He felt like he was being basically ordered to vote party line without adequate factual backing for the positions the Democrats insisted he take. Stallcop particularly found their insistence on voting against "constitutional carry" (permitless concealed weapon carry) grating. "I find it funny that many people who raise issues of police brutality" never ask "if we had less of these laws that enable police to come directly up" to citizens, might that not be better? "People want to lock down police yet create all these laws that push police to be more aggressive with us."

As he said in a press release announcing his switch, "it seems there is no longer a place for me here [in the Democratic Party]. With a high regard for individuals personally working in their communities to implement positive change, I hereby transfer to the Libertarian Party."

The Power of a Two-Man Caucus

Can the new Libertarian Caucus in the New Hampshire state house grow? Stallcop isn't sure if he'll run again; it depends on where he ends up going to law school, since that choice may take him out of state.

Dyer is already committed to another run in 2018 with the L.P. banner. (His voting record, for your personal judgments on his libertarian bona fides.) It is a common complaint of state and local L.P. candidates that the Party apparatus is almost always unable to do anything to help them gain office. Perry, the state L.P. chair, says that "I know that we will be able to provide [Dyer] with volunteers for going door to door campaigning. The election is 18 months away" so hopefully more resources might be available from the LPNH by then, though "at this point we are not necessarily able to throw a bunch of money at any legislative seat."

That said, Perry is encouraged that unlike many states, New Hampshire House seats are often winnable with spending of less, sometimes even far less, than a thousand dollars. Neither Dyer or Stallcap felt they had any meaningful help from their former major parties either, beyond whatever benefit the mere label has for party-line voters.

Because of the multi-member district that Dyer represents, in which each voter gets to pick 11 different representatives (meaning the top 11 vote getters all get a seat) he could potentially end up in the House again as a Libertarian with only around 5 percent of the vote. (Back in the 1990s, when the L.P. had four sitting members in New Hampshire's House, Andy Borsa won re-election with the L.P. label in Dyer's district.)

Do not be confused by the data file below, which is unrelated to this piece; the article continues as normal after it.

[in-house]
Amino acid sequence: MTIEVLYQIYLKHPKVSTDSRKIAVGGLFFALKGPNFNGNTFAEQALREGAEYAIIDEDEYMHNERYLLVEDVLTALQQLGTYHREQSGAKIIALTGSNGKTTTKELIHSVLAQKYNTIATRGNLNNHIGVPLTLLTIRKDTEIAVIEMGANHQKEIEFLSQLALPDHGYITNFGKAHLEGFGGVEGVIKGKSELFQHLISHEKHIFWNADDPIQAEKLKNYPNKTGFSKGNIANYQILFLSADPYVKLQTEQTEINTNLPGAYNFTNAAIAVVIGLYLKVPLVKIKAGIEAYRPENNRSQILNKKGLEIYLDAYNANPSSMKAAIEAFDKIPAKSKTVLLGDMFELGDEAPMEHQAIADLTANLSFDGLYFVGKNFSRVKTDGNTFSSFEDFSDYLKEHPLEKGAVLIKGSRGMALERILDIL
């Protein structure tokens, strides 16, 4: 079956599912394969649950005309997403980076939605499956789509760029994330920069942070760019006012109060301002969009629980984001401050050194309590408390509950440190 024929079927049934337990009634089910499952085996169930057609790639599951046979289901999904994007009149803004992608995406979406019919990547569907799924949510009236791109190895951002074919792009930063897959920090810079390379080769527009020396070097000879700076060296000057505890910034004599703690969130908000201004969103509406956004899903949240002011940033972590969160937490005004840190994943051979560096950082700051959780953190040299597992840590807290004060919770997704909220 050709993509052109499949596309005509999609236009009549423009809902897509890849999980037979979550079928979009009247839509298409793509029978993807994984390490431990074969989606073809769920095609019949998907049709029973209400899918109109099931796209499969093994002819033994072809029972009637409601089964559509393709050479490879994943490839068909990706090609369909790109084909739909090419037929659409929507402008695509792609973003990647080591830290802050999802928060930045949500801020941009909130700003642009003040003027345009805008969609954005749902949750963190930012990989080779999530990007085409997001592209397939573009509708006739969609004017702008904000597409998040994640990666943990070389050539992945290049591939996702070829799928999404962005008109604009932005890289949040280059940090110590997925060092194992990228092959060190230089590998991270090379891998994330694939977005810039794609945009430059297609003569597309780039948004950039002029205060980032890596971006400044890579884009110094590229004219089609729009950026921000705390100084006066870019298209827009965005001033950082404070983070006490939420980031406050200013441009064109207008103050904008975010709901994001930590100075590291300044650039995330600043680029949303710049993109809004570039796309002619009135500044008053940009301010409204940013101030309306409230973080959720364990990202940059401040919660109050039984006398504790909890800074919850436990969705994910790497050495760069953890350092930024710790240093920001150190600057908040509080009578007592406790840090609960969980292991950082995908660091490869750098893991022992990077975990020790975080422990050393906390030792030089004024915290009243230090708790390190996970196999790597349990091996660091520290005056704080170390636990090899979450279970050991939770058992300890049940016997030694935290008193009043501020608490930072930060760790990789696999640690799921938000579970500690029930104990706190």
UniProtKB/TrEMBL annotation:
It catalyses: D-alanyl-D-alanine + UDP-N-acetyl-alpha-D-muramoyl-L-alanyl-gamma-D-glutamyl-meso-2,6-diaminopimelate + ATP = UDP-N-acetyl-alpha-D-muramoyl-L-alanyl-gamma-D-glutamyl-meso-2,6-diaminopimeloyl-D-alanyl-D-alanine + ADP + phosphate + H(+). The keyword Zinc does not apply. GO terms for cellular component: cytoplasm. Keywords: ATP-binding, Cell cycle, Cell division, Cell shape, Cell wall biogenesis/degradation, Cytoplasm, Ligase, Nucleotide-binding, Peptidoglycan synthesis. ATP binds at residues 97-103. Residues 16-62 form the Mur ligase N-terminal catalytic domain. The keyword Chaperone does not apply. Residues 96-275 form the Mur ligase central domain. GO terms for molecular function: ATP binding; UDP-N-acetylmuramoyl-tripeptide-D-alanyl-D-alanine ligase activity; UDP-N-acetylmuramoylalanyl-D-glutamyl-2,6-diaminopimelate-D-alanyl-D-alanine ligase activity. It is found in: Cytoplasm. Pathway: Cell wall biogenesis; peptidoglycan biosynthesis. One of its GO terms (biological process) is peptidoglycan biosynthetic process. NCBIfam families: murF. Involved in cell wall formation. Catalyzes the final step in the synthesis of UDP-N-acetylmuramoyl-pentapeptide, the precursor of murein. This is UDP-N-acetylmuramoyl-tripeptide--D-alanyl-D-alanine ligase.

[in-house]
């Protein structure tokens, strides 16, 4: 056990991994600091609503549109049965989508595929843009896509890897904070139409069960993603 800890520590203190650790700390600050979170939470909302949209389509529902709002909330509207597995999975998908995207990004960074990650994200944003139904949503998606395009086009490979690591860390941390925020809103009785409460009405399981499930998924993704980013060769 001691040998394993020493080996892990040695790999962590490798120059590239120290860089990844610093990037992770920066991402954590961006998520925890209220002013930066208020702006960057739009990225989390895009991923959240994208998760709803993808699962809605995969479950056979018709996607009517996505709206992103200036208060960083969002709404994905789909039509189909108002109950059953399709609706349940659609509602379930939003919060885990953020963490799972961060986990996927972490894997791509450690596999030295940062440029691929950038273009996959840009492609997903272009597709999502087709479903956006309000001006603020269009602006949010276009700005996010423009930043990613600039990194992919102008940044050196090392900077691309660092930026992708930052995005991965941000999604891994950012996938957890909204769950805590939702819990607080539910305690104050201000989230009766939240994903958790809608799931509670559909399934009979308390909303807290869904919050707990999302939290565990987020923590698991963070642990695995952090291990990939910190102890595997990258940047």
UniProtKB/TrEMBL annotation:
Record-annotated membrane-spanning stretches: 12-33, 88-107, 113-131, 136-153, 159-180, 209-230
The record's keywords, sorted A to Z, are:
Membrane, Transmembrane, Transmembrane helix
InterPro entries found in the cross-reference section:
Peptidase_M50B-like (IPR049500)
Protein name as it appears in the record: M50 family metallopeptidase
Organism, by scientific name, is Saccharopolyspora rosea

Dyer feels good about how well known he already is around Pelham and Hudson, and feels well equipped to do the necessary door knocking to put him over. But he does hope the state L.P. will be able to help with door-knocking, setting up events, and otherwise start "building a base of voters" but even "one or two people" from the Party to help him door-knock, "I'd consider that a success. I don't expect them to provide crazy phone banks or anything that like" right away "though I hope they will get there." (He won last time spending only around $400, Dyer says.) Having activists knocking on doors will be "infinitely more helpful" than giving him another dollar.

New Hampshire's House is unusually large, with 400 members. Any individual legislator in a committee system controlled by a Party not the legislators' own will likely find actually getting bills out of committee very difficult. One of the issues Dyer hopes to legislate successfully on is easier ballot access for third parties.

Dyer, who works as a Christmas tree farmer with his dad, for that reason is on the Environment and Agriculture Committee. And even though every House member is supposed to be on a committee, the Democrats stripped Stallcop of his and he's currently committeeless.

Stallcop expects that their colorful rarity as a two-man Party caucus could make their media bully pulpit more powerful, and Dyer says the ethos of the way the House works might make it important for the Democrats or Republicans to work on making bills satisfying to them to make them technically "bipartisan."

Perry is quite sure that the New Hampshire state House has more than a few libertarian members who are so far reluctant to abandon the two-party system. Stallcop and Dyer agree, though neither will out anyone publicly. Dyer thinks as many as 10 percent of the legislature might have a natural home in the L.P.

While running a candidate for every House slot is a herculean task even the two majors generally don't manage, says LPNH head Perry, they do hope to field many more than usual next year and also hope to provide more clear "statewide branding, we are Libertarians and this is what we stand for" though he knows they won't be able to provide concrete support to everyone who runs. He expects them to try to figure out "more viable ones" and help them.

Dyer believes "If I won re-election in 2018 as a Libertarian the whole game changes. If I win in Hudson and Pelham, in the Speaker of the House's district, a warning shot will have been fired. People will really take notice. The Republican Party will be very dismayed."

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51 responses to “Libertarian Party Now Has Two Sitting Legislators in New Hampshire

  1. Maybe now they can get a vote on that hemp-for-pets bill.

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  2. Republicans are more likely to flip on social conservative issues than Democrats are to flip on economic issues, that’s for sure.

  3. That Dyer guy’s votes kind of suck, especially around school choice type issues from what I saw in the link. Maybe he’s changed his mind

    1. You are right. Dyer’s aggregate voting record — when he bothers to vote — is not exactly a model of libertarianism.

      1. Michael Hihn will be here shortly to explain to you how you’re what’s wrong with the LP today and with his Cato survey in hand.